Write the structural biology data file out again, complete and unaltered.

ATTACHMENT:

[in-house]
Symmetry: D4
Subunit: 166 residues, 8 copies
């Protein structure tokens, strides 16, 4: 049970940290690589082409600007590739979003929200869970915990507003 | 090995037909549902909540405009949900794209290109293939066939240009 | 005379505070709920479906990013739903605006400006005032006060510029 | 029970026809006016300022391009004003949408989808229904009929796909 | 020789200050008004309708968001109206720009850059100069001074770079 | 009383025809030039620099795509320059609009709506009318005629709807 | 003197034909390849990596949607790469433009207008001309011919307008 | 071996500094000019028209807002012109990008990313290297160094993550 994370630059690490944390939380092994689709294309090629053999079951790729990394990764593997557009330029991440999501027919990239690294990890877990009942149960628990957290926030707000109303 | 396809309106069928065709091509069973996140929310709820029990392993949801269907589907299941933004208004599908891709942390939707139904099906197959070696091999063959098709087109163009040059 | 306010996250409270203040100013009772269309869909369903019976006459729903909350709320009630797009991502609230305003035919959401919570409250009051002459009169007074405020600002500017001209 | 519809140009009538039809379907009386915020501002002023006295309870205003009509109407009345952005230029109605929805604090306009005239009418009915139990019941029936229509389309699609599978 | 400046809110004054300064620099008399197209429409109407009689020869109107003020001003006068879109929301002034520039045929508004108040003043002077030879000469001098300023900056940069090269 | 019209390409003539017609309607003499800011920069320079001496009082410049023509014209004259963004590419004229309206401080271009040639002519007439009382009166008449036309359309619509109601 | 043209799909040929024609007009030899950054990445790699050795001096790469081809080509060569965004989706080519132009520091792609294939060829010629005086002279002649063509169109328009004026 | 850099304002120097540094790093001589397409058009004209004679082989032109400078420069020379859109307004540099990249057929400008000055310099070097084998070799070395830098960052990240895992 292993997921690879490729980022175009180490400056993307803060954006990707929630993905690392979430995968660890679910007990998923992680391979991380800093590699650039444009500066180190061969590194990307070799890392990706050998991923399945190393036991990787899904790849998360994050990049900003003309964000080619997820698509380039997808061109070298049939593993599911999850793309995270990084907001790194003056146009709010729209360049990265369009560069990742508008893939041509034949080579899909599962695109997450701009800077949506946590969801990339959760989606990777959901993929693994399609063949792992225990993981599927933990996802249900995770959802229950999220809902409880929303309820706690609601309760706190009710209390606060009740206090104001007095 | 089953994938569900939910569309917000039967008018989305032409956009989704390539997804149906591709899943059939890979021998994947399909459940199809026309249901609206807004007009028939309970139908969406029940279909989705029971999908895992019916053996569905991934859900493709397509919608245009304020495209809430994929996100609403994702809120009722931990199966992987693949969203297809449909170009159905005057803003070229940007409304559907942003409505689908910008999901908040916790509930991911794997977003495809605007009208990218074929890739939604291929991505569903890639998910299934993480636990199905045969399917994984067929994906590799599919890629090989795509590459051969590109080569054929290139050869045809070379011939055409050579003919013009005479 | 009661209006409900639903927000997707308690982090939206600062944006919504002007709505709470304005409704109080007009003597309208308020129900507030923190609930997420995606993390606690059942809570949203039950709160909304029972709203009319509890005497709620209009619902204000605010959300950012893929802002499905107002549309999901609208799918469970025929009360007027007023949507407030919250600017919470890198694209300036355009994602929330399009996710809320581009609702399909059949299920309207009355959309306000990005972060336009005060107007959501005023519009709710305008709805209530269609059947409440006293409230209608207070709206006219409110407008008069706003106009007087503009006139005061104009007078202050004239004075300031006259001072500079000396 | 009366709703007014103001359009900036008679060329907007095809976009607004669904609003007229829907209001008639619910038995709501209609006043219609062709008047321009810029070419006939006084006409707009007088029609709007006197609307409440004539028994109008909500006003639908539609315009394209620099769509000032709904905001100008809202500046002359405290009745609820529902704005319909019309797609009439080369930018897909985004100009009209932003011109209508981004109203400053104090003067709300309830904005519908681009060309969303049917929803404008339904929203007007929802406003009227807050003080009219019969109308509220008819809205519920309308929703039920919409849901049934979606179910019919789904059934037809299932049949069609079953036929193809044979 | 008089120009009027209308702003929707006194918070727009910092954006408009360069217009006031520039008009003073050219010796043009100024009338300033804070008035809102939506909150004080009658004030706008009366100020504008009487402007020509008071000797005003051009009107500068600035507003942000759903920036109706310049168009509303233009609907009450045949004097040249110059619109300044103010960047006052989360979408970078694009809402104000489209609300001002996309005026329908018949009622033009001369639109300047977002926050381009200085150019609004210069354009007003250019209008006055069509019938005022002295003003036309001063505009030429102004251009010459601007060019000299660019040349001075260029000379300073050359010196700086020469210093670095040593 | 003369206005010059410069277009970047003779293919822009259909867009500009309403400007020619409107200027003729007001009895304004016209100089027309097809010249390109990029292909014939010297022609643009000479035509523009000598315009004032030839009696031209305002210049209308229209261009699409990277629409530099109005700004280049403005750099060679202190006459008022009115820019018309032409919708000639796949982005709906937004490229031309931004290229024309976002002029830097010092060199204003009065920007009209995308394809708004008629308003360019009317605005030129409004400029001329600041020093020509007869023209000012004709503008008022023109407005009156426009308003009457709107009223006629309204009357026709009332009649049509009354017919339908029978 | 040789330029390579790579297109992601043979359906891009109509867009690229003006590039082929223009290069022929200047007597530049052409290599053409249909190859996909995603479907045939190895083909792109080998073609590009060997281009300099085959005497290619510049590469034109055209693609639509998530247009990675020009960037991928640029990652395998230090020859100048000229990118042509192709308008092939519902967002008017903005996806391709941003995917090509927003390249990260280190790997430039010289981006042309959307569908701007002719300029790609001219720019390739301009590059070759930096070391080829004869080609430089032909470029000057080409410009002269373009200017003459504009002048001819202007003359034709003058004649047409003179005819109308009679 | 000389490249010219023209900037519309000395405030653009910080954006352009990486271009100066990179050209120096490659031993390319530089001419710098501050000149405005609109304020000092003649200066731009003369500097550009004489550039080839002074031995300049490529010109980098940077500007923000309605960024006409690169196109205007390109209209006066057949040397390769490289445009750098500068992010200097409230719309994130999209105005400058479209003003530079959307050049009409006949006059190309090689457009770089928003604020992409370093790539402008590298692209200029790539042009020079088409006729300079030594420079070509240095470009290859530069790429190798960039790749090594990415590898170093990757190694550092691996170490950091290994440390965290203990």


[in-house]
Symmetry: D4
Subunit: 166 residues, 8 copies
């Protein structure tokens, strides 16, 4: 049970940290690589082409600007590739979003929200869970915990507003 | 090995037909549902909540405009949900794209290109293939066939240009 | 005379505070709920479906990013739903605006400006005032006060510029 | 029970026809006016300022391009004003949408989808229904009929796909 | 020789200050008004309708968001109206720009850059100069001074770079 | 009383025809030039620099795509320059609009709506009318005629709807 | 003197034909390849990596949607790469433009207008001309011919307008 | 071996500094000019028209807002012109990008990313290297160094993550 994370630059690490944390939380092994689709294309090629053999079951790729990394990764593997557009330029991440999501027919990239690294990890877990009942149960628990957290926030707000109303 | 396809309106069928065709091509069973996140929310709820029990392993949801269907589907299941933004208004599908891709942390939707139904099906197959070696091999063959098709087109163009040059 | 306010996250409270203040100013009772269309869909369903019976006459729903909350709320009630797009991502609230305003035919959401919570409250009051002459009169007074405020600002500017001209 | 519809140009009538039809379907009386915020501002002023006295309870205003009509109407009345952005230029109605929805604090306009005239009418009915139990019941029936229509389309699609599978 | 400046809110004054300064620099008399197209429409109407009689020869109107003020001003006068879109929301002034520039045929508004108040003043002077030879000469001098300023900056940069090269 | 019209390409003539017609309607003499800011920069320079001496009082410049023509014209004259963004590419004229309206401080271009040639002519007439009382009166008449036309359309619509109601 | 043209799909040929024609007009030899950054990445790699050795001096790469081809080509060569965004989706080519132009520091792609294939060829010629005086002279002649063509169109328009004026 | 850099304002120097540094790093001589397409058009004209004679082989032109400078420069020379859109307004540099990249057929400008000055310099070097084998070799070395830098960052990240895992 292993997921690879490729980022175009180490400056993307803060954006990707929630993905690392979430995968660890679910007990998923992680391979991380800093590699650039444009500066180190061969590194990307070799890392990706050998991923399945190393036991990787899904790849998360994050990049900003003309964000080619997820698509380039997808061109070298049939593993599911999850793309995270990084907001790194003056146009709010729209360049990265369009560069990742508008893939041509034949080579899909599962695109997450701009800077949506946590969801990339959760989606990777959901993929693994399609063949792992225990993981599927933990996802249900995770959802229950999220809902409880929303309820706690609601309760706190009710209390606060009740206090104001007095 | 089953994938569900939910569309917000039967008018989305032409956009989704390539997804149906591709899943059939890979021998994947399909459940199809026309249901609206807004007009028939309970139908969406029940279909989705029971999908895992019916053996569905991934859900493709397509919608245009304020495209809430994929996100609403994702809120009722931990199966992987693949969203297809449909170009159905005057803003070229940007409304559907942003409505689908910008999901908040916790509930991911794997977003495809605007009208990218074929890739939604291929991505569903890639998910299934993480636990199905045969399917994984067929994906590799599919890629090989795509590459051969590109080569054929290139050869045809070379011939055409050579003919013009005479 | 009661209006409900639903927000997707308690982090939206600062944006919504002007709505709470304005409704109080007009003597309208308020129900507030923190609930997420995606993390606690059942809570949203039950709160909304029972709203009319509890005497709620209009619902204000605010959300950012893929802002499905107002549309999901609208799918469970025929009360007027007023949507407030919250600017919470890198694209300036355009994602929330399009996710809320581009609702399909059949299920309207009355959309306000990005972060336009005060107007959501005023519009709710305008709805209530269609059947409440006293409230209608207070709206006219409110407008008069706003106009007087503009006139005061104009007078202050004239004075300031006259001072500079000396 | 009366709703007014103001359009900036008679060329907007095809976009607004669904609003007229829907209001008639619910038995709501209609006043219609062709008047321009810029070419006939006084006409707009007088029609709007006197609307409440004539028994109008909500006003639908539609315009394209620099769509000032709904905001100008809202500046002359405290009745609820529902704005319909019309797609009439080369930018897909985004100009009209932003011109209508981004109203400053104090003067709300309830904005519908681009060309969303049917929803404008339904929203007007929802406003009227807050003080009219019969109308509220008819809205519920309308929703039920919409849901049934979606179910019919789904059934037809299932049949069609079953036929193809044979 | 008089120009009027209308702003929707006194918070727009910092954006408009360069217009006031520039008009003073050219010796043009100024009338300033804070008035809102939506909150004080009658004030706008009366100020504008009487402007020509008071000797005003051009009107500068600035507003942000759903920036109706310049168009509303233009609907009450045949004097040249110059619109300044103010960047006052989360979408970078694009809402104000489209609300001002996309005026329908018949009622033009001369639109300047977002926050381009200085150019609004210069354009007003250019209008006055069509019938005022002295003003036309001063505009030429102004251009010459601007060019000299660019040349001075260029000379300073050359010196700086020469210093670095040593 | 003369206005010059410069277009970047003779293919822009259909867009500009309403400007020619409107200027003729007001009895304004016209100089027309097809010249390109990029292909014939010297022609643009000479035509523009000598315009004032030839009696031209305002210049209308229209261009699409990277629409530099109005700004280049403005750099060679202190006459008022009115820019018309032409919708000639796949982005709906937004490229031309931004290229024309976002002029830097010092060199204003009065920007009209995308394809708004008629308003360019009317605005030129409004400029001329600041020093020509007869023209000012004709503008008022023109407005009156426009308003009457709107009223006629309204009357026709009332009649049509009354017919339908029978 | 040789330029390579790579297109992601043979359906891009109509867009690229003006590039082929223009290069022929200047007597530049052409290599053409249909190859996909995603479907045939190895083909792109080998073609590009060997281009300099085959005497290619510049590469034109055209693609639509998530247009990675020009960037991928640029990652395998230090020859100048000229990118042509192709308008092939519902967002008017903005996806391709941003995917090509927003390249990260280190790997430039010289981006042309959307569908701007002719300029790609001219720019390739301009590059070759930096070391080829004869080609430089032909470029000057080409410009002269373009200017003459504009002048001819202007003359034709003058004649047409003179005819109308009679 | 000389490249010219023209900037519309000395405030653009910080954006352009990486271009100066990179050209120096490659031993390319530089001419710098501050000149405005609109304020000092003649200066731009003369500097550009004489550039080839002074031995300049490529010109980098940077500007923000309605960024006409690169196109205007390109209209006066057949040397390769490289445009750098500068992010200097409230719309994130999209105005400058479209003003530079959307050049009409006949006059190309090689457009770089928003604020992409370093790539402008590298692209200029790539042009020079088409006729300079030594420079070509240095470009290859530069790429190798960039790749090594990415590898170093990757190694550092691996170490950091290994440390965290203990």